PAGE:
George Grub

This article is about the church historian. For the anglican priest, see George Grub (priest). For the former lord provost of Edinburgh, see George Grubb.

George Grub (1812–1892) was a Scottish church historian.


He was born at Old Aberdeen on 4 April 1812, was the only child of George Grub, a respectable citizen and convener of the trades at Old Aberdeen, by his wife, Christian Yolum. He entered King's College, Aberdeen, at the age of thirteen and a half, and afterwards entered the law-office of Alexander Allan, advocate in Aberdeen, under whom he served the apprenticeship required by the Society of Advocates in Aberdeen.

Passing as advocate in 1836, he was in 1841 appointed librarian to the society. This post he held until his death. In 1843 he became lecturer on Scots law in Marischal College, Aberdeen, and for forty-eight years was practically the sole teacher of law in the university of Aberdeen first, as holding this lectureship; next, after the union of King's and Marischal Colleges (1860–81), as 'substitute' for Professor Patrick Davidson, who held the chair of law at King's College, but never lectured ; and finally, on that gentleman's death in 1881, as professor of law in the university of Aberdeen. He was, perhaps, rather a careful than a brilliant teacher, but he was deeply loved and respected by all his students. In 1856, he graduated A.M. at Aberdeen, and in 1864 he received the degree of LL.D. from his university, and on resigning the chair in 1891 he was presented by his former students and fellow-citizens with his portrait painted by Sir George Reid.[1]

By birth an inheritor of the Scottish non-juring tradition, he was himself an accomplished theologian ; he had followed with discriminating enthusiasm the whole course of the Oxford movement ; and in the congregation to which he belonged (St. John's Episcopal Church, Aberdeen) he had supported his clergyman, Patrick Cheyne, throughout a prosecution in regard to eucharistic doctrine, which had weighty consequences, for it led to the charge and prosecution of the bishop of Brechin, Alexander Penrose Forbes, and the intervention of Pusey and Keble in defence of that prelate. It took some time to heal the sores occasioned by that controversy.[1]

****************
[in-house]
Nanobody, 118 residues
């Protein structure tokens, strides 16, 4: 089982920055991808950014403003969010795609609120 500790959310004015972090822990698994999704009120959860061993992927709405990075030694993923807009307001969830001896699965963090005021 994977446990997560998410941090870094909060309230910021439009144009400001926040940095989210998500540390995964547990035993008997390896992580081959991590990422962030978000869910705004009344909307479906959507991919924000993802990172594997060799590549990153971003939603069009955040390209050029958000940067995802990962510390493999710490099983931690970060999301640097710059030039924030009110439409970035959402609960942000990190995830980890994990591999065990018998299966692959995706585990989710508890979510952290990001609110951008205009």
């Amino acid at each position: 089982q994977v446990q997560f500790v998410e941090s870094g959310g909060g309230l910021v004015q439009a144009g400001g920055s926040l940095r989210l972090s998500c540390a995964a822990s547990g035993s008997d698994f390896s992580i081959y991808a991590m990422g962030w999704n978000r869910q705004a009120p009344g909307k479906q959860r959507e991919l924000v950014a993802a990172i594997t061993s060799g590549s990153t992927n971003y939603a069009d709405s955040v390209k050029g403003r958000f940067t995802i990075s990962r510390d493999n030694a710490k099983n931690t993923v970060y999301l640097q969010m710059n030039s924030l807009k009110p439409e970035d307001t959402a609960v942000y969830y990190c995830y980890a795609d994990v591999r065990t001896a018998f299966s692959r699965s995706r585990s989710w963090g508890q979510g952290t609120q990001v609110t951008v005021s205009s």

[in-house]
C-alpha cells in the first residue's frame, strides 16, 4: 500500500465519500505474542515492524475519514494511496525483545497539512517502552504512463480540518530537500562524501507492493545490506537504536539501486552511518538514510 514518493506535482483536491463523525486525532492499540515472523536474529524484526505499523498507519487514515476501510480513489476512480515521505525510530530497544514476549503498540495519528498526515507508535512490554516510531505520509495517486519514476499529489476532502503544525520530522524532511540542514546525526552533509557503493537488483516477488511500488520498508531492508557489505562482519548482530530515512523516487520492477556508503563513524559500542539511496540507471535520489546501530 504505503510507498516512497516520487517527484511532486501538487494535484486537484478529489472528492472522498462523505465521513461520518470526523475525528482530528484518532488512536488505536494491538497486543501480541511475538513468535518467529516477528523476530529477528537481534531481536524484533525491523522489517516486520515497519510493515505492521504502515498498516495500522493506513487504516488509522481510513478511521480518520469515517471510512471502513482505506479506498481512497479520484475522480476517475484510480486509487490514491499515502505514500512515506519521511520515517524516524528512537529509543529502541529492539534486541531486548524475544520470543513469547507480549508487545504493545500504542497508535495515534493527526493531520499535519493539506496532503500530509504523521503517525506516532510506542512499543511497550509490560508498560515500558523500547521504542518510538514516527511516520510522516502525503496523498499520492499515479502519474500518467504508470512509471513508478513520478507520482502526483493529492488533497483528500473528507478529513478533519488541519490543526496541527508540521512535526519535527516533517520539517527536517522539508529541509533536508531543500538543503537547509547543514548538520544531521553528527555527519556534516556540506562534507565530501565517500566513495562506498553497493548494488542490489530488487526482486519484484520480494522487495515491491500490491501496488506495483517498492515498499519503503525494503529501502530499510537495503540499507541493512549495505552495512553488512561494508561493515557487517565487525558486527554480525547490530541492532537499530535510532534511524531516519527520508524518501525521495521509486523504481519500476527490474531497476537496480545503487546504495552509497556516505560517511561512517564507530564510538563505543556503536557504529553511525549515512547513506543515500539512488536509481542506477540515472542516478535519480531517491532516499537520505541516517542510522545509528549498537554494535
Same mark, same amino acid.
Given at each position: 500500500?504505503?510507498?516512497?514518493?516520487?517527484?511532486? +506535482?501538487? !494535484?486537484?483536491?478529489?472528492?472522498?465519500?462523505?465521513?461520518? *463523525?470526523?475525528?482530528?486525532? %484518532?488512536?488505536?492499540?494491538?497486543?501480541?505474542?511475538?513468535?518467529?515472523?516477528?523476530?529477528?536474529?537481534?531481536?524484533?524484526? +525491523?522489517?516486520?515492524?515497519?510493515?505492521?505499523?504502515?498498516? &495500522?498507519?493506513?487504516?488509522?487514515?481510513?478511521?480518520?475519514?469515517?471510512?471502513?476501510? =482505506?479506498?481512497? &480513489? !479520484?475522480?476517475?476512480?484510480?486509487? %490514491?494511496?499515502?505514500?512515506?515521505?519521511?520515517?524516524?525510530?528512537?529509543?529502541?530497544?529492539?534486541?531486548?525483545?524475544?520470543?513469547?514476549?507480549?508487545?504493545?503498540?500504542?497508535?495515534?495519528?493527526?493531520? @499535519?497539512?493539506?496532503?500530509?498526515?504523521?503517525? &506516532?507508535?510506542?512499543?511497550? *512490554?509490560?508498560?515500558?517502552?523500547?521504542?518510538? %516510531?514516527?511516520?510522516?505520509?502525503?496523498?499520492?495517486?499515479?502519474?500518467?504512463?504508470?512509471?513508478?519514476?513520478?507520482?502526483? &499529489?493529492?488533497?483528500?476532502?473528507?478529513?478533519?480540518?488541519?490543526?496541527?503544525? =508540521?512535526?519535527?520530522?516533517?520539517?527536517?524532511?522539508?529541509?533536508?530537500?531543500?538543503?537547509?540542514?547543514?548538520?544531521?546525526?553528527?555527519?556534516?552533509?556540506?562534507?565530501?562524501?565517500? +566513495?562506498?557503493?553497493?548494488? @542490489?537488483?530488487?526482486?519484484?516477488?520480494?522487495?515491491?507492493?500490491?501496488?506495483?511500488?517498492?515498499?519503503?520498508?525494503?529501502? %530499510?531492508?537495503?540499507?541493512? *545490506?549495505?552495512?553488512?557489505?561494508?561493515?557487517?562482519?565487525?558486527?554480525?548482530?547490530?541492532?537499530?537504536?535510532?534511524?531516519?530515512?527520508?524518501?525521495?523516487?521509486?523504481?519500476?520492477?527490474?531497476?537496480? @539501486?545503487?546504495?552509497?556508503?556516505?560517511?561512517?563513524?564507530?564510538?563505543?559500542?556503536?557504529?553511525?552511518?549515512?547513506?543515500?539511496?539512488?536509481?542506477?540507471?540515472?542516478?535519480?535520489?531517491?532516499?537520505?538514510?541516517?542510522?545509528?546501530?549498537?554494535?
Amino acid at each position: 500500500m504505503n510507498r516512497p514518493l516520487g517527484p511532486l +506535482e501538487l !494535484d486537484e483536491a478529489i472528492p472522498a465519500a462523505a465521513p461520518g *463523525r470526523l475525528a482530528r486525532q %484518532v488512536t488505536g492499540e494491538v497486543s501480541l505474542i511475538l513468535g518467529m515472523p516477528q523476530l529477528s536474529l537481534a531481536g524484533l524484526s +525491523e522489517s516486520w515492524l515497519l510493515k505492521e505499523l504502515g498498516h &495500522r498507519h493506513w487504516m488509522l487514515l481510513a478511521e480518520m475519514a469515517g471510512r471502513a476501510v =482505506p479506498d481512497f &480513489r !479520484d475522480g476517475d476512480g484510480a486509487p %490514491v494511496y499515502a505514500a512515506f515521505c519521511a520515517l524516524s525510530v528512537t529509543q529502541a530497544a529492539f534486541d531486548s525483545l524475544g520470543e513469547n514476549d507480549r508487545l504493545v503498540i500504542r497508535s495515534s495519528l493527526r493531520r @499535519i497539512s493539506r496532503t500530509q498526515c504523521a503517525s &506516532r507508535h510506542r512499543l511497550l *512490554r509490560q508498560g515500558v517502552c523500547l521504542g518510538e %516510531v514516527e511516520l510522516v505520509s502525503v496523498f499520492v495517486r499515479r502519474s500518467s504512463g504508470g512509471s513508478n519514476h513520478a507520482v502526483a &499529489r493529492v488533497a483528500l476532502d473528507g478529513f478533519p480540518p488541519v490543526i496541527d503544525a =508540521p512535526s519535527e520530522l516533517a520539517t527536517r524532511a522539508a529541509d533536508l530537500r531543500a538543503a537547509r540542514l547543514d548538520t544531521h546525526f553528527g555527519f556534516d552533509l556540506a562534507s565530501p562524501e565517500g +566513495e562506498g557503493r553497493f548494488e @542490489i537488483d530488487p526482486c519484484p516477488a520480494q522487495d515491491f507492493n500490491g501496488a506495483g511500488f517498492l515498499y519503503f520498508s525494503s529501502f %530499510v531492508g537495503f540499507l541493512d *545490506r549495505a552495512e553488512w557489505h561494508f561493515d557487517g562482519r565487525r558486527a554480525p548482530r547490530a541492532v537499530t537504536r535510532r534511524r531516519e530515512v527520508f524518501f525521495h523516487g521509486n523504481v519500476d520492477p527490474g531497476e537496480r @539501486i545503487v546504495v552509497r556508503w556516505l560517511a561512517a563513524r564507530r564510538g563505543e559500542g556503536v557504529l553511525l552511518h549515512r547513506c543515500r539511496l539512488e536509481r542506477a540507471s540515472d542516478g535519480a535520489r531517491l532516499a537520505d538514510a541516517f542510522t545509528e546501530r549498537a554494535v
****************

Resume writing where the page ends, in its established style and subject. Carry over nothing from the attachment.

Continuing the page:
There was at Aberdeen in the early 'thirties' a group of young men, all of them Aberdeen lawyers, all of them episcopalians, and all of them earnest students of history and antiquities John Hill Burton, Joseph Robertson (1810-1866), and John Stuart (1813-1877). With these Grub associated on equal terms. Like them he contributed to the Aberdeen Magazine (1831-2), and took part in a far more important undertaking, the formation of the Spalding Club. For this club he edited (1840-2), in conjunction with Joseph Robertson, Gordon's History of Scots Affairs, 3 vols. (1853) ; Thomas Innes's History of Scotland, Civil and Ecclesiastical (the Life of Thomas Innes which he contributed to this volume was reprinted in the edition of Innes's Critical Essays, published in the Historians of Scotland series), and (1869) the index volume of the Illustrations of the Antiquities of Aberdeen and Banff. In 1861, his own work, by which he is best known, An Ecclesiastical History of Scotland from the Introduction of Christianity to the Present Time (it closes with the death of Bishop Skinner on 15 April 1857), in four volumes, was published at Edinburgh, and at once stamped him as the foremost authority on the subject in Scotland.[1]